The Other Alexandria: The yesteryears of the Seminary community

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The Other Alexandria: The yesteryears of the Seminary community
Courtesy photo Earnesteen Thomas Terrell Toms (left) with her husband, Herbert Toms. Earnesteen was born and raised in the Seminary community.
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By Char McCargo Bah

Long ago during the Civil War and after, many African Americans migrated to the Seminary area called Falls Church. They bought land, built houses and raised their children in that rural community of Seminary. Their families intermarried with other African American families that were in the community. After many generations, the people in that community all became related to one another in some way or another.

The community built a church called Oakland Baptist Church, which is now located on King Street, in the late 1880s and they built an elementary school. By 1920, that part of Falls Church was incorporated into the City of Alexandria. Due to urban renewal, families moved out of the community – some left for job opportunities, while others joined the military. Those who left often returned to the community to visit the families that stayed.

This past summer, members of two of the families that left returned to Seminary for a special event at the Virginia Theological Seminary. They were descendants of the Simms and Thomas families: Steven Simms, Charles Toms and Brenda Terrell. Steven is a cousin of Charles and Brenda. Their mothers, Mary Elizabeth Thomas Simms and Earnesteen Thomas Terrell Toms, were sisters who were born and raised in the Seminary community.

Steven remembered how close his family was. Their household consisted of the grandfather, Steven’s parents and his eight siblings.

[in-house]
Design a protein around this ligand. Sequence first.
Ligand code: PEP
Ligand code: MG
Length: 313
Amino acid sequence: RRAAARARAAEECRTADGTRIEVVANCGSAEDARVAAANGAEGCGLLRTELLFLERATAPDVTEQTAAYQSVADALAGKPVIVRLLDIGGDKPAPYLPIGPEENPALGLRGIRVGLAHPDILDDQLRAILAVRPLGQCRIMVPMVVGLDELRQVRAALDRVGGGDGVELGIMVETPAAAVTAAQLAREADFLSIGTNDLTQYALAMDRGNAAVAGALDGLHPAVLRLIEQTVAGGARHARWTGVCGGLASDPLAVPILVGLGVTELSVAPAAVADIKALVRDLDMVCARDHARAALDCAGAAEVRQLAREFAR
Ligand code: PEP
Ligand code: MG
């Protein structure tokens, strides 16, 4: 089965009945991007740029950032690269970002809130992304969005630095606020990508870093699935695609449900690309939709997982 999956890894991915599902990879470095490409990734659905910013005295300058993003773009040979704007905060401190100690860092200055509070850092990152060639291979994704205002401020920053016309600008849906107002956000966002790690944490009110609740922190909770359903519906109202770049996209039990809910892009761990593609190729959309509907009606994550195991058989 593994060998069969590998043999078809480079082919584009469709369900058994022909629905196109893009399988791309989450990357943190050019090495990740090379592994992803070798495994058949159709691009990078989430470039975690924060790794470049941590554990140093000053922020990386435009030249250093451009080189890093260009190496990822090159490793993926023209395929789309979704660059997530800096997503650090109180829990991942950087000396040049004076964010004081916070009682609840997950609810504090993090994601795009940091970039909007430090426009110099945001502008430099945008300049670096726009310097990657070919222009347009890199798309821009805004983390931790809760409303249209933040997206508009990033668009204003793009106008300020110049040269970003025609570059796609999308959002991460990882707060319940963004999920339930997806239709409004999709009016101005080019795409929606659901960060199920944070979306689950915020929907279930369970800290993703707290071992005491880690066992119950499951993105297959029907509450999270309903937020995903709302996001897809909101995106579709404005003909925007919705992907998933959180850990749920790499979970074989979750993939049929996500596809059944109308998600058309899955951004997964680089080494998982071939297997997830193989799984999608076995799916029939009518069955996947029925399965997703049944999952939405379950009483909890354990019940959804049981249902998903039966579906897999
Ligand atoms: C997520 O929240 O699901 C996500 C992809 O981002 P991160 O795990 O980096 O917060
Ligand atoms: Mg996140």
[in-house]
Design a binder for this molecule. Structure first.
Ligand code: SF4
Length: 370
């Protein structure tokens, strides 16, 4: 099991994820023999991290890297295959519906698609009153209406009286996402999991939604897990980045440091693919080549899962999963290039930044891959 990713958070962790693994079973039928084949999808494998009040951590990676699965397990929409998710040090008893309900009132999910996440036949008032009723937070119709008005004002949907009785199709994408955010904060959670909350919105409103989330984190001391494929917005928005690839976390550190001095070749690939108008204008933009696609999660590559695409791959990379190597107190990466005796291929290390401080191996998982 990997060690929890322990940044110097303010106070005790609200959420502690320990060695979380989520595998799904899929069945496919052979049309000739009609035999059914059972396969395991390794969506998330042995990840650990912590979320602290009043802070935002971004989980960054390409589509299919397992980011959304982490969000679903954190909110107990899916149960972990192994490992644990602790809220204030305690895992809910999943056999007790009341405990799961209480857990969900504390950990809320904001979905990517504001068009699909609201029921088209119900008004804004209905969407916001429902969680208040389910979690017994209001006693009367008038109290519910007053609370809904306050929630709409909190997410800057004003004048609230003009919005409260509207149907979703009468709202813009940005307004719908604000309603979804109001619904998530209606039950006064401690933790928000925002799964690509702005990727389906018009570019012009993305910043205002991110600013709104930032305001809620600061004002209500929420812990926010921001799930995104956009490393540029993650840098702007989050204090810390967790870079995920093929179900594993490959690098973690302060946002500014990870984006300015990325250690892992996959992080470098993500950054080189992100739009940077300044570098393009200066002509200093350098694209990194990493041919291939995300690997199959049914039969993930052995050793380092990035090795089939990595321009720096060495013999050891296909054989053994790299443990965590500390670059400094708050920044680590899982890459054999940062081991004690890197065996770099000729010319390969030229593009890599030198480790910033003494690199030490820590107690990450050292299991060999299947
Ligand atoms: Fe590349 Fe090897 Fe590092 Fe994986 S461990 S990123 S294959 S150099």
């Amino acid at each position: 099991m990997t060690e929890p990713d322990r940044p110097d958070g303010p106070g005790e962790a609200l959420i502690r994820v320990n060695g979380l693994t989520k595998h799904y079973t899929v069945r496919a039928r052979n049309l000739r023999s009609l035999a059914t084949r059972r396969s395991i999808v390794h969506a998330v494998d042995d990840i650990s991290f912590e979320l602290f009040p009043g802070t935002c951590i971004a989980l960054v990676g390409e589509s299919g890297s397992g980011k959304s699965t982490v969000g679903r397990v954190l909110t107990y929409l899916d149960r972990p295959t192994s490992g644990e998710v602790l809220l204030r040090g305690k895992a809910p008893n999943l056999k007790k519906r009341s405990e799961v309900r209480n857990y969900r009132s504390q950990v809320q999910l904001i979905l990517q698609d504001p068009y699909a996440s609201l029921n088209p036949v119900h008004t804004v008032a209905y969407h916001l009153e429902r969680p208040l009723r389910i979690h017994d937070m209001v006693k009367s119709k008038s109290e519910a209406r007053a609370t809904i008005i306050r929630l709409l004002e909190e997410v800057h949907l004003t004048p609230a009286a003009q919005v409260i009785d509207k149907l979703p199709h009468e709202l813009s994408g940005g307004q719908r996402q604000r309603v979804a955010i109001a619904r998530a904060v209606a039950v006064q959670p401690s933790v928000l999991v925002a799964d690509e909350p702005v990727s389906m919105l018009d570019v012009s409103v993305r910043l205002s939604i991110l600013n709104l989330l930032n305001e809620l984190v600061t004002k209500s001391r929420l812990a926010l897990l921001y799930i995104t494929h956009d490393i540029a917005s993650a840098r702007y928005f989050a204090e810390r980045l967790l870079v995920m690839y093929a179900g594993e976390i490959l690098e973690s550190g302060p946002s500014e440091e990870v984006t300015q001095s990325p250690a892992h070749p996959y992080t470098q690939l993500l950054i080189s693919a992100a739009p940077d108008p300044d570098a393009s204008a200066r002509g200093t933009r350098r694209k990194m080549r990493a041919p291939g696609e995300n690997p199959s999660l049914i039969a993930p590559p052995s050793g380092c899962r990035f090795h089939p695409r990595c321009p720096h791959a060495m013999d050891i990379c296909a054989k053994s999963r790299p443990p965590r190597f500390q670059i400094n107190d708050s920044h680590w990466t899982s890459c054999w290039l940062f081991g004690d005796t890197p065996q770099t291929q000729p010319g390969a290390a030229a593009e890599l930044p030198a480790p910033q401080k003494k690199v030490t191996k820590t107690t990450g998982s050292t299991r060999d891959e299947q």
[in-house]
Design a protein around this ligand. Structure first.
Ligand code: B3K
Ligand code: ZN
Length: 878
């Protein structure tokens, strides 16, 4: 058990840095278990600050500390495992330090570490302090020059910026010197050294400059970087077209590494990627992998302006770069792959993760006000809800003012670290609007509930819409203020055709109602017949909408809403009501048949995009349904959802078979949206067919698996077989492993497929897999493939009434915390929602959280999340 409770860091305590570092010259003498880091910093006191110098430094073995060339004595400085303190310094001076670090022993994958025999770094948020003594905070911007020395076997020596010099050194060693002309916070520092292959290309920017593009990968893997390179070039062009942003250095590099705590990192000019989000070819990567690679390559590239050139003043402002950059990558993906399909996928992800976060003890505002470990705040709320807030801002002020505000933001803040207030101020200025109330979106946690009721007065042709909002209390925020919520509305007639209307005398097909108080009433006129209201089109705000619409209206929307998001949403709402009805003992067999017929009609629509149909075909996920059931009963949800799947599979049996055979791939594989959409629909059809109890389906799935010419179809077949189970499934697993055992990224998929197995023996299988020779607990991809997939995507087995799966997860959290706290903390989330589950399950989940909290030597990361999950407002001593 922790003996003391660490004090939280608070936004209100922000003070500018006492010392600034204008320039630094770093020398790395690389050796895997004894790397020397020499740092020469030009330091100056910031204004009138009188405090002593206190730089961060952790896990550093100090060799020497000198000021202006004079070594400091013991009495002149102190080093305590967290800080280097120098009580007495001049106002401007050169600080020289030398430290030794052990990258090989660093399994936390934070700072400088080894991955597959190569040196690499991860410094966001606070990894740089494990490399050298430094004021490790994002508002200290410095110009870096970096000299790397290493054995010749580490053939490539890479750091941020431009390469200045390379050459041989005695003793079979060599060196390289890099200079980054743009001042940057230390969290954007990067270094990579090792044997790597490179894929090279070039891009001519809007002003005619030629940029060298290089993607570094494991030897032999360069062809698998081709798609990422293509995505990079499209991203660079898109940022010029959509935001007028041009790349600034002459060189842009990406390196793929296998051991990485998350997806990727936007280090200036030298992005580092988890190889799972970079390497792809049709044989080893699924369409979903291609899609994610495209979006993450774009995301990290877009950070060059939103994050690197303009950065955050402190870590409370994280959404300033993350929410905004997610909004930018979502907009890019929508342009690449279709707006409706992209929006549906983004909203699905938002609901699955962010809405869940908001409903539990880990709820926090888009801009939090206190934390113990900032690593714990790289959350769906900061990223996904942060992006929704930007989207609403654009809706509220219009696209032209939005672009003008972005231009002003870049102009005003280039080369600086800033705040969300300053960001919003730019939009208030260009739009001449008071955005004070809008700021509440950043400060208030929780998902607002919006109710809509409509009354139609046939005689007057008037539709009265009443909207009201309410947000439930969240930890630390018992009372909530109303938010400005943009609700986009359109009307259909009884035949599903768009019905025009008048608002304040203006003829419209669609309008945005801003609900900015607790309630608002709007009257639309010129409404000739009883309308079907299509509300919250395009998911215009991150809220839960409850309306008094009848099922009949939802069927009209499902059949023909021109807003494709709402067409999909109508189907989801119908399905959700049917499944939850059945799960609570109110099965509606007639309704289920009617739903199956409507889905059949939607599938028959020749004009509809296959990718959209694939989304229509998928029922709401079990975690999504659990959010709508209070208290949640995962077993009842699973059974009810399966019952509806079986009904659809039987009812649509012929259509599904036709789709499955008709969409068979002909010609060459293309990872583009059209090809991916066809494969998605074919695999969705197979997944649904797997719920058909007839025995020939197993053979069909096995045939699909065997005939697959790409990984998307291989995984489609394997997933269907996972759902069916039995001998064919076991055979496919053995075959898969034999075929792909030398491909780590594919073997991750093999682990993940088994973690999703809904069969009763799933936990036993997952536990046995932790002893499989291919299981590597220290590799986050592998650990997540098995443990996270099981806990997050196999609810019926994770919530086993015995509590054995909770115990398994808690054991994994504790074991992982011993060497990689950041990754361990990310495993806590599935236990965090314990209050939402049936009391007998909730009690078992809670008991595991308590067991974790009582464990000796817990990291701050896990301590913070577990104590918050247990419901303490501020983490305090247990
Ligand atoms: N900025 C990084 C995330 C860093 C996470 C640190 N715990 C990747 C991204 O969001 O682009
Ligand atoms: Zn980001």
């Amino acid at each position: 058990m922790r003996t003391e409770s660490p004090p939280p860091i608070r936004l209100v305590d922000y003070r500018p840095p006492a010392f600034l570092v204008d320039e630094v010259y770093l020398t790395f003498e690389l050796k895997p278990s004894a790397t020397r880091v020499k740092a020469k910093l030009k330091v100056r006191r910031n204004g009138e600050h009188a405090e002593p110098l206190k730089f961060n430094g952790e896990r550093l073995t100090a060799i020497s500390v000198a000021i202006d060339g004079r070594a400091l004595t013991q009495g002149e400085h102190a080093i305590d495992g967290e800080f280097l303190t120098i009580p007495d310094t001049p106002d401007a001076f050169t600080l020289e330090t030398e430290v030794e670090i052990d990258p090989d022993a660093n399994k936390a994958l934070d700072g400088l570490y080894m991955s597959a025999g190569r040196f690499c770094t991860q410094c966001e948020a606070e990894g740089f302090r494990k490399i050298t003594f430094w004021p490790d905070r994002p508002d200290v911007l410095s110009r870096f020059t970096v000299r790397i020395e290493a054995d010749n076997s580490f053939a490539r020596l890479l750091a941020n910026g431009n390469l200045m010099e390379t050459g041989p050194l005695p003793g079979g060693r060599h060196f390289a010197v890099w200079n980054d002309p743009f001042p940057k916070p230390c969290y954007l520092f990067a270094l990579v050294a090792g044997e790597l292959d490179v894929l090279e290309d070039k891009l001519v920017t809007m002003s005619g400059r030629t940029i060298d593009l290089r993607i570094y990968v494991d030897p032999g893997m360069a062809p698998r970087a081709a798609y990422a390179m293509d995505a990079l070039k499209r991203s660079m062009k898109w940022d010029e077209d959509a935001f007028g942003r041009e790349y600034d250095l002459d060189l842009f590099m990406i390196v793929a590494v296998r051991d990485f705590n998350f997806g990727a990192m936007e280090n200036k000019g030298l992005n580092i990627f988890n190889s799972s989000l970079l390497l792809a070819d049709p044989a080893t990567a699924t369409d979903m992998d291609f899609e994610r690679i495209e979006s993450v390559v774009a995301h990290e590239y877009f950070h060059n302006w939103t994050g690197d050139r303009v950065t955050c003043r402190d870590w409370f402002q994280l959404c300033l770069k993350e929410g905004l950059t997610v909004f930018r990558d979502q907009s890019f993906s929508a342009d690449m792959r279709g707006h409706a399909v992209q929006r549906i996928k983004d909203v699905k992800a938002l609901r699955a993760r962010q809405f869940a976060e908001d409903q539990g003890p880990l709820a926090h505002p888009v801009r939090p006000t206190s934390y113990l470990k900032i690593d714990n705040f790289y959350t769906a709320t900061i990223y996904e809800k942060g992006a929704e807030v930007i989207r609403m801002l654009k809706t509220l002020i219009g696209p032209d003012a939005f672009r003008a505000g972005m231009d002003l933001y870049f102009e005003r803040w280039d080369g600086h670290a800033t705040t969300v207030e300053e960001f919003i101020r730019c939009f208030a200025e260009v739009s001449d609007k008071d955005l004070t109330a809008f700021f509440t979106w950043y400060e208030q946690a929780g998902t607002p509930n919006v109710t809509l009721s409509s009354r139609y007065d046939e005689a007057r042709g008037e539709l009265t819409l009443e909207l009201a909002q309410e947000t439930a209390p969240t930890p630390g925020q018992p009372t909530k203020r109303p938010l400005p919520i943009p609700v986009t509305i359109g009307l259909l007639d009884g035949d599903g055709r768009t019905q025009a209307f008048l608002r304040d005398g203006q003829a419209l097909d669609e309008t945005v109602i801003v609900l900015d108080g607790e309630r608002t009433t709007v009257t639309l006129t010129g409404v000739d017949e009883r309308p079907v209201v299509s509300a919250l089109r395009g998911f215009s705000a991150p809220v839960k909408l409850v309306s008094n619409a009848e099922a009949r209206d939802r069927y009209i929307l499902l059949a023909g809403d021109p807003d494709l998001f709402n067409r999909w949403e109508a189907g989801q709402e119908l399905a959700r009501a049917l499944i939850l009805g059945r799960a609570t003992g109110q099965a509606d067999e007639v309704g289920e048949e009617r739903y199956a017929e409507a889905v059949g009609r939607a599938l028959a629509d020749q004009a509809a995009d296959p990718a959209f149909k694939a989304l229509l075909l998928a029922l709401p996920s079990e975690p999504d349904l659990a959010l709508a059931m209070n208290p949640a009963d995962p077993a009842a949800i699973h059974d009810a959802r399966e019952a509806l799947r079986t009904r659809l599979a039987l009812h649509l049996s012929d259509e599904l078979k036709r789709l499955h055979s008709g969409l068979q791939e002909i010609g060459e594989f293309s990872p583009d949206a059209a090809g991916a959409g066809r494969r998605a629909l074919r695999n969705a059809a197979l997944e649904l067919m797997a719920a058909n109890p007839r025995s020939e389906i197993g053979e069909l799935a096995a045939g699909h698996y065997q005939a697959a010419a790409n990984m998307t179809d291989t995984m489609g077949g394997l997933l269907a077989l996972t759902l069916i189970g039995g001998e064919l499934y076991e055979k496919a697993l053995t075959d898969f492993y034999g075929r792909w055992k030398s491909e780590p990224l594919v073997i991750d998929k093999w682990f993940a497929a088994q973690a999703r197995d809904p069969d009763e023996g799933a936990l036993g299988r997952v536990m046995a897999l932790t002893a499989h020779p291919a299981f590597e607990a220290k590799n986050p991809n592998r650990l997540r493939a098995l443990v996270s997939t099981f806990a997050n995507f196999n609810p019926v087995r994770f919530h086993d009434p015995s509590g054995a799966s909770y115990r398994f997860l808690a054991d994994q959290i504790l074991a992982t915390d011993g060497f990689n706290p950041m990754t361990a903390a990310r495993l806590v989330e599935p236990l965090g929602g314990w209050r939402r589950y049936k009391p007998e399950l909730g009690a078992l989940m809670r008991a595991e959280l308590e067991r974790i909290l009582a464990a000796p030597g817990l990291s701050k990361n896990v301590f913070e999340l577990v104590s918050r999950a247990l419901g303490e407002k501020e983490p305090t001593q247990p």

Steven reminisced about his family in Seminary.

“My grandmother had a very generous heart. She brought me a red bike that almost weighed about one hundred pounds. I used to clean that bike every day. I even registered it at the police station,” Steven said.

Unfortunately, one day when he parked the bike outside, someone stole it. He walked up and down the neighborhood looking for it, but he never found it. That incident broke his heart, he said.

After Brenda and Charles’ mother left the community, Earnesteen left the Seminary area. Brenda would come to Seminary during the summer to see the Terrell and Thomas families. She said Seminary was a rural place in the 1950s and the 1960s.

Brenda said she still has fond memories of her grandmother, Mary Elizabeth. Her family believed that she was their grandmother’s favorite grandchild. Brenda admired her grandma for her belief in respect, honesty and responsibility.

Though Charles was the youngest in his family, he remembers the stories he heard about his grandmother from family members. According to Charles, his grandmother laid the foundation for their family.

“Our elders created a bond that has continued to this day. We all received a lot of love,” Charles said.

Many of the Seminary families lived in multiple-family and multi-generational households. During hard times, the families pooled their resources together to help one another survive. One thing Charles remembers most about his family was the undeniable love the elders had for their younger family members. The elders worked hard and recognized everyone’s potential, Charles said.

The Simms and Thomas families have lived in the Seminary community for many generations. Daniel G. Simms Sr. lived in the Seminary area before 1880; the Thomas family came to Seminary slightly later than the Simms family.

After John Samuel Thomas came to Seminary, he landed a job with the Virginia Theological Seminary and Episcopal High School. He became interested in the ministry while working at the seminary, and he later migrated to Washington, D.C. to become a minister. One of his daughters married Daniel G. Simms III, and the other married Herbert Toms. His grandchildren now carry on the memories of the Seminary community’s yesteryear, when the majority of the African American families owned their own property.

Today Seminary is a different place for these cousins, but they will always remember the history and memory of their community. It was a vibrant and progressive community of long ago. Today you will find John’s descendants in Maryland and the southern part of Virginia. However, for most of these families, Seminary is the place they call their home.

The author is a freelance writer, independent historian, genealogist and Living Legend of Alexandria. You can visit her blog at http://www.theotheralexandria.com for more about The Other Alexandria.

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